Gluten-free might not have to mean wheat-free, according to a new report, with new wheat crops being developed as an alternative to a gluten-free diet. 

Everyone knows that wheat contains gluten – a mixture of proteins that can be toxic for people with coeliac disease. Now, a new study has analysed the toxic components of these proteins in different varieties of wheat, and has taken the first step towards developing wheat-based products that are safe for coeliacs.

In recent years, research that seeks to understand the relationship between the proteins of wheat gluten and the reaction it produces in coeliacs has been promoted. One of the theories - with no clear scientific basis - was that modern wheat production practices that aim to improve the viscoelasticity of bread dough have contributed to increasing the prevalence of coeliac disease since the late 20th century.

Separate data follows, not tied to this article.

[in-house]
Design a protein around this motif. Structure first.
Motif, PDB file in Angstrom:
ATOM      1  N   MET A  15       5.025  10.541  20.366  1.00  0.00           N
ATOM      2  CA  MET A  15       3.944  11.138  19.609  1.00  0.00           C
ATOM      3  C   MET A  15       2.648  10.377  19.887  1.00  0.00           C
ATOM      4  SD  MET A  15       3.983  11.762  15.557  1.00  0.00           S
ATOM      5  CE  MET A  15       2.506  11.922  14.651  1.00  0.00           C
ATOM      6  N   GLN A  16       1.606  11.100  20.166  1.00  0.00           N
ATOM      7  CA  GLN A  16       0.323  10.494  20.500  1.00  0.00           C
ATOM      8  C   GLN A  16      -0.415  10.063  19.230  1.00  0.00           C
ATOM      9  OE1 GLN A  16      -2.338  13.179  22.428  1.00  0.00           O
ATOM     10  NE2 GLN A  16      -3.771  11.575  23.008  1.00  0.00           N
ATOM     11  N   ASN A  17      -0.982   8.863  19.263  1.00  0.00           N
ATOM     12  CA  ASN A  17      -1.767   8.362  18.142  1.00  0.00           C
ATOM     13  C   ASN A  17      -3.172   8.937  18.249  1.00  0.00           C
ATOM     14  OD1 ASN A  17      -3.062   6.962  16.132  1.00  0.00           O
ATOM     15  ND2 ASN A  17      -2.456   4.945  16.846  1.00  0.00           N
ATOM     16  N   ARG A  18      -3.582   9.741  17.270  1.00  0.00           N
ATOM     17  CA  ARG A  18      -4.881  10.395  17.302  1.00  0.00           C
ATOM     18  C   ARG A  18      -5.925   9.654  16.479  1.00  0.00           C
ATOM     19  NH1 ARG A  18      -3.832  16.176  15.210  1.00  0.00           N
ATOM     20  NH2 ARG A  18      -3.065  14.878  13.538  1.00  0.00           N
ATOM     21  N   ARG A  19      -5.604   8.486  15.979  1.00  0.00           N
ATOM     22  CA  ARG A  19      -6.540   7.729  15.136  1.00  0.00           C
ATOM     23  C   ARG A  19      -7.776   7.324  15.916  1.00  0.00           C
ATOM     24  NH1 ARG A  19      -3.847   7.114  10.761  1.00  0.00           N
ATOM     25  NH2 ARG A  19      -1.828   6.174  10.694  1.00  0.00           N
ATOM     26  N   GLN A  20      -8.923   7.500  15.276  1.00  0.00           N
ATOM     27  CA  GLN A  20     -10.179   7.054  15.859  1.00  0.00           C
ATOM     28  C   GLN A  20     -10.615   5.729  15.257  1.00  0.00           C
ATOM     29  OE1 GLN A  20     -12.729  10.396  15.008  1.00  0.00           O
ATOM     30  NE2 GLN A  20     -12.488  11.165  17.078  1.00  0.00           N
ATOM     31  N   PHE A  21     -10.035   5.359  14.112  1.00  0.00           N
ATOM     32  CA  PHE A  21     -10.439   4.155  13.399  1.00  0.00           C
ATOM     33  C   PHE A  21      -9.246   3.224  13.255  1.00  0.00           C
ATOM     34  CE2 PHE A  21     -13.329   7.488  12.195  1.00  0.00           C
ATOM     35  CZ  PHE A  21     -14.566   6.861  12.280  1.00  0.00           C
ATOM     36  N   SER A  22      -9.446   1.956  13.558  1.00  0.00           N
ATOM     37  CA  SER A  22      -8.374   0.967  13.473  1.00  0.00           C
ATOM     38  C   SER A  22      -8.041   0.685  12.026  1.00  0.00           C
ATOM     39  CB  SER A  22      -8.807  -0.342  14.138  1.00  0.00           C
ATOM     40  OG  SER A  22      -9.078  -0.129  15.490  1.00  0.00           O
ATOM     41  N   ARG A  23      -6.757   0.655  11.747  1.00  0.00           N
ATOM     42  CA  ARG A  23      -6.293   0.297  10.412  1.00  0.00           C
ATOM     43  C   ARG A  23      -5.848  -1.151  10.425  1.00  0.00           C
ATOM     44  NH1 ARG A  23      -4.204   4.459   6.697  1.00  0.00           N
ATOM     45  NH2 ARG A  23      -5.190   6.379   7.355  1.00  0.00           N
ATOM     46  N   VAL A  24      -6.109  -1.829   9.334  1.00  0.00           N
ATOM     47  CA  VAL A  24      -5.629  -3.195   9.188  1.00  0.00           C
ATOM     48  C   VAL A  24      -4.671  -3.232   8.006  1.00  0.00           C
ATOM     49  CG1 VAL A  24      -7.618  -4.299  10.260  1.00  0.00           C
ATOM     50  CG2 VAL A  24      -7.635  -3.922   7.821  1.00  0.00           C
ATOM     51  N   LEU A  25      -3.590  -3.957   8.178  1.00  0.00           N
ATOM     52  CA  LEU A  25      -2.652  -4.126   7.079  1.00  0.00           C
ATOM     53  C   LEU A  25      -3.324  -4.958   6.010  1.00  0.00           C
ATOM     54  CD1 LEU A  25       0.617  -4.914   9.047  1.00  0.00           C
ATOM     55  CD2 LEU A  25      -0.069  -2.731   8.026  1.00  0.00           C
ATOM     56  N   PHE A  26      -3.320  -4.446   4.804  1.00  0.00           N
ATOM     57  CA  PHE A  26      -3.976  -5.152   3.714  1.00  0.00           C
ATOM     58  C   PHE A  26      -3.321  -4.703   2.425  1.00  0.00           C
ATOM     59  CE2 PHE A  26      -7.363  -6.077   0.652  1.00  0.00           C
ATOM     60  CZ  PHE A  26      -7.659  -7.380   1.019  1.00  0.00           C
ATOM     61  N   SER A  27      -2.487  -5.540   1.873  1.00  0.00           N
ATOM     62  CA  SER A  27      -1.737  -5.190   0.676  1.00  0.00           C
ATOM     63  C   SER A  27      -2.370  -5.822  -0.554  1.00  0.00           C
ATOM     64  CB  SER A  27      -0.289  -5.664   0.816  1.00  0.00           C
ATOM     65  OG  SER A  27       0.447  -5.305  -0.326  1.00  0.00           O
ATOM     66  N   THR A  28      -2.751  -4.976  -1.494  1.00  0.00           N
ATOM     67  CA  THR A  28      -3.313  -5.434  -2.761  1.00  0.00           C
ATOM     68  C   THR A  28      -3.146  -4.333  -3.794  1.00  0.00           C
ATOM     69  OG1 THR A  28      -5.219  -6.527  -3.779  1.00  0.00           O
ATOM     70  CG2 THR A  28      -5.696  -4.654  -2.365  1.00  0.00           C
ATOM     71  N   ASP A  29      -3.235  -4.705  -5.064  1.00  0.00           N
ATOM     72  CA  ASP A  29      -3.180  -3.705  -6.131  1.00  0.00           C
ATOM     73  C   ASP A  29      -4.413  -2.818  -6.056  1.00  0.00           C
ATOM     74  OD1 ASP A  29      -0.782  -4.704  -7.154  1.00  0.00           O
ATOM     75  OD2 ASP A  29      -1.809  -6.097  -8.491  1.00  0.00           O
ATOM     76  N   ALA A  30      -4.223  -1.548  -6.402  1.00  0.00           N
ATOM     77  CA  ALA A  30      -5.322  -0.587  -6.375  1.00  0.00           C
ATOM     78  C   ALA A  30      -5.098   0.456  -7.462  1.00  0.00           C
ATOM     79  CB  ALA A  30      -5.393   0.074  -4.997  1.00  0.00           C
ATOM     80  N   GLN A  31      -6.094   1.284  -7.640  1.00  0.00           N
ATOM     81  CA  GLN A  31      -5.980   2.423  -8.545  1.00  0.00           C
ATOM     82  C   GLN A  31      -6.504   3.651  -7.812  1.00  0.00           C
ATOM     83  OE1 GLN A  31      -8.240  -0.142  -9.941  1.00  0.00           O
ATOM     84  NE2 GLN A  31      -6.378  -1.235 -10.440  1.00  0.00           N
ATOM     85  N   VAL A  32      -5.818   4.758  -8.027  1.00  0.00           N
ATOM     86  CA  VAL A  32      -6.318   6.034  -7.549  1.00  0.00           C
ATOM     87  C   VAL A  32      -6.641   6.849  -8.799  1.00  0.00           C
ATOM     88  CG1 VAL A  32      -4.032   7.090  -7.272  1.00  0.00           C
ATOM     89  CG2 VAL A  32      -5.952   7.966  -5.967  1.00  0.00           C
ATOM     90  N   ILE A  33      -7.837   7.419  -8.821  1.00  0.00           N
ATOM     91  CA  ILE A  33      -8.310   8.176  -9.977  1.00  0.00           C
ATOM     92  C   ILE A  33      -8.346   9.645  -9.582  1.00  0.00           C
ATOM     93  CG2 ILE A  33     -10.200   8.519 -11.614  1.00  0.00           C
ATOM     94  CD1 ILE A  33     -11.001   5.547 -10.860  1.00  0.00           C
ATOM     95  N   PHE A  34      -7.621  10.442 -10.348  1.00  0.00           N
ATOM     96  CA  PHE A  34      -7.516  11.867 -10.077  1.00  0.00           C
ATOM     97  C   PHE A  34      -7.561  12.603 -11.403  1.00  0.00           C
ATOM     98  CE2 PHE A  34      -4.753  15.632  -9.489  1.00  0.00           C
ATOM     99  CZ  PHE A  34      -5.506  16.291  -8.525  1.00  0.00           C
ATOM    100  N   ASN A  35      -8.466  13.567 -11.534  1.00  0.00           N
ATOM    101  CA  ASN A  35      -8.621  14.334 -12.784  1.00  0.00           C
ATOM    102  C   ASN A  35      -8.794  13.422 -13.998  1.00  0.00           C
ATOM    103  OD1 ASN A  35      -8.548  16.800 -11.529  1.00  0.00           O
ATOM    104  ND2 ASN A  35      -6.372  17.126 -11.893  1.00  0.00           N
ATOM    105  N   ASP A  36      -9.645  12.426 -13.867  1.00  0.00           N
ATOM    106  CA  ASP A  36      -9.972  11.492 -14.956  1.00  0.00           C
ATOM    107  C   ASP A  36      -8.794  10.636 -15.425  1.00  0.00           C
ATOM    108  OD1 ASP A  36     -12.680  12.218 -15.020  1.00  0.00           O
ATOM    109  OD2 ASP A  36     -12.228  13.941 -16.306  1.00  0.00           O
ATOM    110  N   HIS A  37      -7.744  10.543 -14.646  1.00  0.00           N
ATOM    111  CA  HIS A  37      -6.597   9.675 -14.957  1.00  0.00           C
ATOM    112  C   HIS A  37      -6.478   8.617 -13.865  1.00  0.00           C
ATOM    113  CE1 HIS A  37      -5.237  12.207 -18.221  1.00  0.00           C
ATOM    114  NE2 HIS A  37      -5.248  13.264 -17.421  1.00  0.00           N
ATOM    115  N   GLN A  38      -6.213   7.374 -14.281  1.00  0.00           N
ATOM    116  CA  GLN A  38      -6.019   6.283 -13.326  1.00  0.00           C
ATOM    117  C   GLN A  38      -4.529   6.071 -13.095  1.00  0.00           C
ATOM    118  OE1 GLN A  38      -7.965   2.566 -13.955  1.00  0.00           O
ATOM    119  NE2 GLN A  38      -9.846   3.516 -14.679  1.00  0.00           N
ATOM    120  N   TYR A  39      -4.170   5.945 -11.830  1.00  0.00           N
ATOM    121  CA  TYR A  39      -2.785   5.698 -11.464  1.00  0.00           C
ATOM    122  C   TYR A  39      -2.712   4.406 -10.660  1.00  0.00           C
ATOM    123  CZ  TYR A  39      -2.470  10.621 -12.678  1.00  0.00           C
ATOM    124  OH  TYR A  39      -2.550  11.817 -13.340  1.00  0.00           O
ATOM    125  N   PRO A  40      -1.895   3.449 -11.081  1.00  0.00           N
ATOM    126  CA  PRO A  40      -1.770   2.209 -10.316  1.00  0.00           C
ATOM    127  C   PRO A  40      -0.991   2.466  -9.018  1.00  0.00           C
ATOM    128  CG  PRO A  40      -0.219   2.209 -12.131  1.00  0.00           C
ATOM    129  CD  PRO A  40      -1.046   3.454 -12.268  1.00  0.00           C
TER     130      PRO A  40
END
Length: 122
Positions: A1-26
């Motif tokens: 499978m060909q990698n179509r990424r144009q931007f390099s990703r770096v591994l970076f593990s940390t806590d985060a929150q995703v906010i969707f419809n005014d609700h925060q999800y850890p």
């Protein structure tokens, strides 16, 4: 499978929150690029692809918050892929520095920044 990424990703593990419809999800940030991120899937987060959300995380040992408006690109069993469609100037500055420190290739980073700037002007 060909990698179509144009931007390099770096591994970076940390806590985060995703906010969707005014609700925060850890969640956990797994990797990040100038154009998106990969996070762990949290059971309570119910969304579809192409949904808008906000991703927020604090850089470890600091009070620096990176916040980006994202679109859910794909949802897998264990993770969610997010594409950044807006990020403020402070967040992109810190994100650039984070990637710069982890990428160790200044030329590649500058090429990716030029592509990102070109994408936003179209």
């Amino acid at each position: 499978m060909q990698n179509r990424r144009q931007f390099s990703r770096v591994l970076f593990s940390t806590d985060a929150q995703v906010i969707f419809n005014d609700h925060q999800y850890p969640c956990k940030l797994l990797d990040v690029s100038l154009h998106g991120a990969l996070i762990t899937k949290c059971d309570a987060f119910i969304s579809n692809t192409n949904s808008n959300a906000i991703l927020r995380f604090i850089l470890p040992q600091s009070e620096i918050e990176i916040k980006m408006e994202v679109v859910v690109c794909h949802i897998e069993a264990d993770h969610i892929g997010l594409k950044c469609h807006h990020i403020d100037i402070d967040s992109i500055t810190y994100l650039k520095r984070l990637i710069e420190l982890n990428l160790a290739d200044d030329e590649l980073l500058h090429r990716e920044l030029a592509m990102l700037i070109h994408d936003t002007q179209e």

The new study, published in the journal Food Chemistry, said even the oldest varieties of wheat, which have not been subject to alteration, can present toxicity through some components of gluten, called epitopes, which are responsible for the autoimmune response in coeliac patients.

Marta Rodríguez-Quijano, a researcher at the Technical University of Madrid, and one of the writers behind the study, said: “The results show that the different varieties of wheat produce considerably different immune responses.”

The research went on to reveal the potential of production practices to develop wheat products that are safe for coeliacs: “Genetic diversity makes it difficult to obtain a variety of wheat with no toxicity, while maintaining the viscoelastic properties of gluten. For this reason, learning about the different varieties would enable production techniques to be developed to achieve this.”

Rodríguez-Quijano added: “We hope this study enables products to be developed that are safe for coeliacs, with detoxification processes that combat the poor nutritional and technological characteristics of gluten-free products and thereby contribute to improving patients’ quality of life.”